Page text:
Simple screen for alcohol use disorder

August 1, 2016

Asking teenagers how often they have consumed alcohol in the past year provides a simple screen for those at risk for alcohol use disorder (AUD), a study in 1193 adolescents in rural Pennsylvania showed.

Asking teenagers how often they have consumed alcohol in the past year provides a simple screen for those at risk for alcohol use disorder (AUD), a study in 1193 adolescents in rural Pennsylvania showed.

Investigators provided participants, aged 12 to 20 years, with a tablet computer to collect data on past-year alcohol use and alcohol-related symptoms. The survey, which took from 3 to 6 minutes to complete, addressed age of first drink; how often the teenager used alcohol in the past 30 days and past 12 months; how many drinks he or she typically had on each occasion; greatest number of drinks in any 24-hour period; age of first binge; age when first “drunk”; and frequency of binge drinking in the past 30 days.

Next: New antibody eases hemophilia treatment

In analyzing the collected data, investigators found that for teenagers aged 17 years or younger, consuming at least 1 standard drink 3 or more days in the past year identified them as at risk for AUD, according to criteria of the Diagnostic and Statistical Manual of Mental Disorders, 5th ed. (DSM-5). Specifically, among adolescents who met this 3-or-more-day threshold, 44% had AUD whereas those who reported fewer than 3 days of alcohol use rarely met AUD criteria (Clark DB, et al. J Pediatr. 2016;173:214-220).

Commentary: The idea of using a single screening question to look for problem alcohol consumption in children and adolescents is not new, but changes in the American Psychiatric Association diagnostic criteria from DSM-IV to DSM- 5 have made this easier. The DSM-IV defined alcohol abuse and alcohol dependence, a separate more serious disorder. The DSM-5 has combined the conditions into AUD with subcategories for severity. Teenagers aged 17 years or younger who report use of alcohol on 3 or more days in the past year are most likely to meet DSM-5 criteria for AUD. In 18- to 20-year-olds, those who report alcohol use on 12 or more days were most likely to meet the definition. Use this screening question to decide whether or not you need to look further into your patient’s alcohol consumption. -Michael G Burke, MD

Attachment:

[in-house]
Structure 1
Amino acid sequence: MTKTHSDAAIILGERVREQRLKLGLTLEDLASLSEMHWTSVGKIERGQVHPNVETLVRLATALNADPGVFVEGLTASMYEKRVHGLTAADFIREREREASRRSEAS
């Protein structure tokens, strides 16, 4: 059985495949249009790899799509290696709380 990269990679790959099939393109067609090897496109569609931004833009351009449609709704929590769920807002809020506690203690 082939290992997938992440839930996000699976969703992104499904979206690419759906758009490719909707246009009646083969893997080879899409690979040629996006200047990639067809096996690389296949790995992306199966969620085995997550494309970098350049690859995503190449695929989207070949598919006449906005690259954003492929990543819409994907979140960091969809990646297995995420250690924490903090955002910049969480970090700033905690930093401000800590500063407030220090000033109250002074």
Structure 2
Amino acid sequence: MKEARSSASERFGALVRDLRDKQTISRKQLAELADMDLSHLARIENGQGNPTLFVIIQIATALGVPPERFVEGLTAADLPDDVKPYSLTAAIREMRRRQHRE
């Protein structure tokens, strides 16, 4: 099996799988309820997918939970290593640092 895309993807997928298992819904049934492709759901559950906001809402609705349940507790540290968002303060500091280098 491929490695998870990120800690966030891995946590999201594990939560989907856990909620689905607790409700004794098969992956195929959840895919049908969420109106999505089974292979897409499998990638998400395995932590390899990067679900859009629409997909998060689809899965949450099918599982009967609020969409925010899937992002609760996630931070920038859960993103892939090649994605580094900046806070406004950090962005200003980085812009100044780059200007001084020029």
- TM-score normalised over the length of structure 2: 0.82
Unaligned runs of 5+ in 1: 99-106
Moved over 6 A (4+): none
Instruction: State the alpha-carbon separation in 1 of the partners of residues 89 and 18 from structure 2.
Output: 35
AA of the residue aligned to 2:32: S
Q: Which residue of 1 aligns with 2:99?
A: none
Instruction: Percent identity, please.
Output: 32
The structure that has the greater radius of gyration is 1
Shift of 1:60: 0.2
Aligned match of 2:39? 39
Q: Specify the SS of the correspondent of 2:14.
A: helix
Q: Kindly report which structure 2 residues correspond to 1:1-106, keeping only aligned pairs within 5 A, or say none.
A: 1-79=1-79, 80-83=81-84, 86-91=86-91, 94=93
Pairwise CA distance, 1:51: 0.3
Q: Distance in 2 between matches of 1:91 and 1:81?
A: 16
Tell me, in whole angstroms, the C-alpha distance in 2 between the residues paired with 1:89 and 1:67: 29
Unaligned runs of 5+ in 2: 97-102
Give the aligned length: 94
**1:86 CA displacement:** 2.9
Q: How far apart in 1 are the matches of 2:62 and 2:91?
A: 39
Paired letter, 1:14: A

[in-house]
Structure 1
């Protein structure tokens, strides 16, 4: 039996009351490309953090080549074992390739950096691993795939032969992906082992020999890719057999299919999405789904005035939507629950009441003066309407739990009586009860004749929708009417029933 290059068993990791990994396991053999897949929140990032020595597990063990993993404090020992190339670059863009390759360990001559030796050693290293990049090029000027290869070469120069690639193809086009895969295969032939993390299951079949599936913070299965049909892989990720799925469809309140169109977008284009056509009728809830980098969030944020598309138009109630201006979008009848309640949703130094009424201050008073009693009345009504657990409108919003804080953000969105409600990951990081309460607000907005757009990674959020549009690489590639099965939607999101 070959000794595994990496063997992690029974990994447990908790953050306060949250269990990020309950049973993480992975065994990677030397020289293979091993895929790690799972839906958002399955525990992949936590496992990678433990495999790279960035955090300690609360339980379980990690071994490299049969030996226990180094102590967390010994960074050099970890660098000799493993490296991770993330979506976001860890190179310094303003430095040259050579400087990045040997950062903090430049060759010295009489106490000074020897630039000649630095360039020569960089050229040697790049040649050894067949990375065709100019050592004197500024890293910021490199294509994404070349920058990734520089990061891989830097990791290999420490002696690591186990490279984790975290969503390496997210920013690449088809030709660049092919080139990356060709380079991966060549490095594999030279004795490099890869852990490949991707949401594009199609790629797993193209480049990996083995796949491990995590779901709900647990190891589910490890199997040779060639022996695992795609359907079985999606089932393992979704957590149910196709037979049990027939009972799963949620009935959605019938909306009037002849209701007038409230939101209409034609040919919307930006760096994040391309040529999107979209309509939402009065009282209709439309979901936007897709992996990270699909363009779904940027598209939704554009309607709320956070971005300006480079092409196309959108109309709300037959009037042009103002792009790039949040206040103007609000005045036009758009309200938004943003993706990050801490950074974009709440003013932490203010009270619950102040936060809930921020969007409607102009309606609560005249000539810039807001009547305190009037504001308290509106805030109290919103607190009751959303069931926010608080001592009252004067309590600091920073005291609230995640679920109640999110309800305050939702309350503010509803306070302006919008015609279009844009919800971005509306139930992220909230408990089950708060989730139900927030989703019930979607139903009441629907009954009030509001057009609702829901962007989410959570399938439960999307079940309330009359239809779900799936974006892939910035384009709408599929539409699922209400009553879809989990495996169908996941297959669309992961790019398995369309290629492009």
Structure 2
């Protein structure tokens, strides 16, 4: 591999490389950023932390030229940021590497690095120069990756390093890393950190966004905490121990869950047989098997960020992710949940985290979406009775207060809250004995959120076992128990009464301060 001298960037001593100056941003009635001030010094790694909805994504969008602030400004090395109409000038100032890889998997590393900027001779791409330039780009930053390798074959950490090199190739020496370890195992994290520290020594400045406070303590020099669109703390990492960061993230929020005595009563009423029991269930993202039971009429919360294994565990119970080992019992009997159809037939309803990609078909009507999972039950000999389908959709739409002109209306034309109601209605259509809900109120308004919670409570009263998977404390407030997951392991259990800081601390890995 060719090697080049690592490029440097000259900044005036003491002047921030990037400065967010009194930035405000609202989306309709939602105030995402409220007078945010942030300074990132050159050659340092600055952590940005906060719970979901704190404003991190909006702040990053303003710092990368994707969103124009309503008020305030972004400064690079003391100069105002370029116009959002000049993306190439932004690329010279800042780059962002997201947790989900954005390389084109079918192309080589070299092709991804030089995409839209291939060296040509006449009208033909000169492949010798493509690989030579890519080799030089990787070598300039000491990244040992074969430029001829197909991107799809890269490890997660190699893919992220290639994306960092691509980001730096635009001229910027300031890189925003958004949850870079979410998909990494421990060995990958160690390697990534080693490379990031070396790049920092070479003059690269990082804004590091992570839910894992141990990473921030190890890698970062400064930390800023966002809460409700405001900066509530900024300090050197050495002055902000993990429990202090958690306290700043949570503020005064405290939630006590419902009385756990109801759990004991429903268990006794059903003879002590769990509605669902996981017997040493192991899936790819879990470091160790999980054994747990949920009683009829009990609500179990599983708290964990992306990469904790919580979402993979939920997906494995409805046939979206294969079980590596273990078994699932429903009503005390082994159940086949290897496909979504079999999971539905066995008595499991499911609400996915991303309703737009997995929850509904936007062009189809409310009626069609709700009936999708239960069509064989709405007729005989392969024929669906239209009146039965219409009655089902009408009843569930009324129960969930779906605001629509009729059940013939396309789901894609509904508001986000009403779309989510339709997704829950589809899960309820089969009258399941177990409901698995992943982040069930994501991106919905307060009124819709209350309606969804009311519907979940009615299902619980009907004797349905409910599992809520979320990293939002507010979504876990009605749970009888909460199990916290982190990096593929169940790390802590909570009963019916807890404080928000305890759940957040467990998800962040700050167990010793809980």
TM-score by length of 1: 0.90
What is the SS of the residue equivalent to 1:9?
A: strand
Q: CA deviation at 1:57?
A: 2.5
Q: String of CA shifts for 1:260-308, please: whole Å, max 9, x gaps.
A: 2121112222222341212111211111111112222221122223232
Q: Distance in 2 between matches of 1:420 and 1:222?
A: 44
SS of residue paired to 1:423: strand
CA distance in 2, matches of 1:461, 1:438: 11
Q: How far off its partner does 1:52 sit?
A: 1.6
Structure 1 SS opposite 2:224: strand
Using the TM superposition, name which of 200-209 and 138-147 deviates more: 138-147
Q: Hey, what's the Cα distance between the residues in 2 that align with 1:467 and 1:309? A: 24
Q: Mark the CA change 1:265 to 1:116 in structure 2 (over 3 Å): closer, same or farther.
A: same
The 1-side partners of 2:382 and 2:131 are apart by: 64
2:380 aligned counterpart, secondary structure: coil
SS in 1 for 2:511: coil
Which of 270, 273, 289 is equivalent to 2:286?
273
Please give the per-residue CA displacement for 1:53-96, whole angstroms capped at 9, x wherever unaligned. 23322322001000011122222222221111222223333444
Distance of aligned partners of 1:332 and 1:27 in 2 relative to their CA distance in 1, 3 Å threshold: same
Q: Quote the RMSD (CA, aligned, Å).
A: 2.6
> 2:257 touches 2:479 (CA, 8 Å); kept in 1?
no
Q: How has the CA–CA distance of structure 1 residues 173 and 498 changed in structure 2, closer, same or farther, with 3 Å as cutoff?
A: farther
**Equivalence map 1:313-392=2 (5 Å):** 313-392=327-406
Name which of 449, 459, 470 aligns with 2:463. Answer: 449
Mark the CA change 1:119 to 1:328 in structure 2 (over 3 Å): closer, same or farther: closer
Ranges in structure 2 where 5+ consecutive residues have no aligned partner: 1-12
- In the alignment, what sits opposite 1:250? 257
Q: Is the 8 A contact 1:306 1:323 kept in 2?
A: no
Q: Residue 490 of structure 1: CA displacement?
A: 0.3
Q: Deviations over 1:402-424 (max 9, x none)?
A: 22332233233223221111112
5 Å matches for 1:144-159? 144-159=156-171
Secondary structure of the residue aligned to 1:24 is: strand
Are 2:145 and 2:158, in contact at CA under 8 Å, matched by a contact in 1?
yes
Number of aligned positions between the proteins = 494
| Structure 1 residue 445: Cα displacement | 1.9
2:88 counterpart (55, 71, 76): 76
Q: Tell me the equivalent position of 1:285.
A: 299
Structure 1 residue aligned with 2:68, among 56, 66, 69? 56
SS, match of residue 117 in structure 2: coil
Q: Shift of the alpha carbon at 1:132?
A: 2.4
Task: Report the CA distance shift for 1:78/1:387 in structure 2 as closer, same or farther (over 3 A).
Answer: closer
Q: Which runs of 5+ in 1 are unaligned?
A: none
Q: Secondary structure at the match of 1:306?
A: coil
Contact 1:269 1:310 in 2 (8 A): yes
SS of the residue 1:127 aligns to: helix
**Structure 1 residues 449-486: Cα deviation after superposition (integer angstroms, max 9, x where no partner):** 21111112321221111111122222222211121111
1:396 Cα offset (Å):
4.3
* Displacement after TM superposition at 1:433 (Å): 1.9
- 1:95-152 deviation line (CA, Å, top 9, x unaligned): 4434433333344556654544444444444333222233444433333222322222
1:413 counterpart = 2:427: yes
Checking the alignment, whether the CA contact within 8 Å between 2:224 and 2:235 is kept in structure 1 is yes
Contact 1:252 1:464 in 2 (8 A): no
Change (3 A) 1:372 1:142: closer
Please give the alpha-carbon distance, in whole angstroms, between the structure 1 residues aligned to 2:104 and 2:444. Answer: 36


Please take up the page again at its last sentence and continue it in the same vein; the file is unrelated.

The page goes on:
Ms Freedman is a freelance medical editor and writer in New Jersey. Dr Burke, section editor for Journal Club, is chairman of the Department of Pediatrics at Saint Agnes Hospital, Baltimore, Maryland. The editors have nothing to disclose in regard to affiliations with or financial interests in any organizations that may have an interest in any part of this article.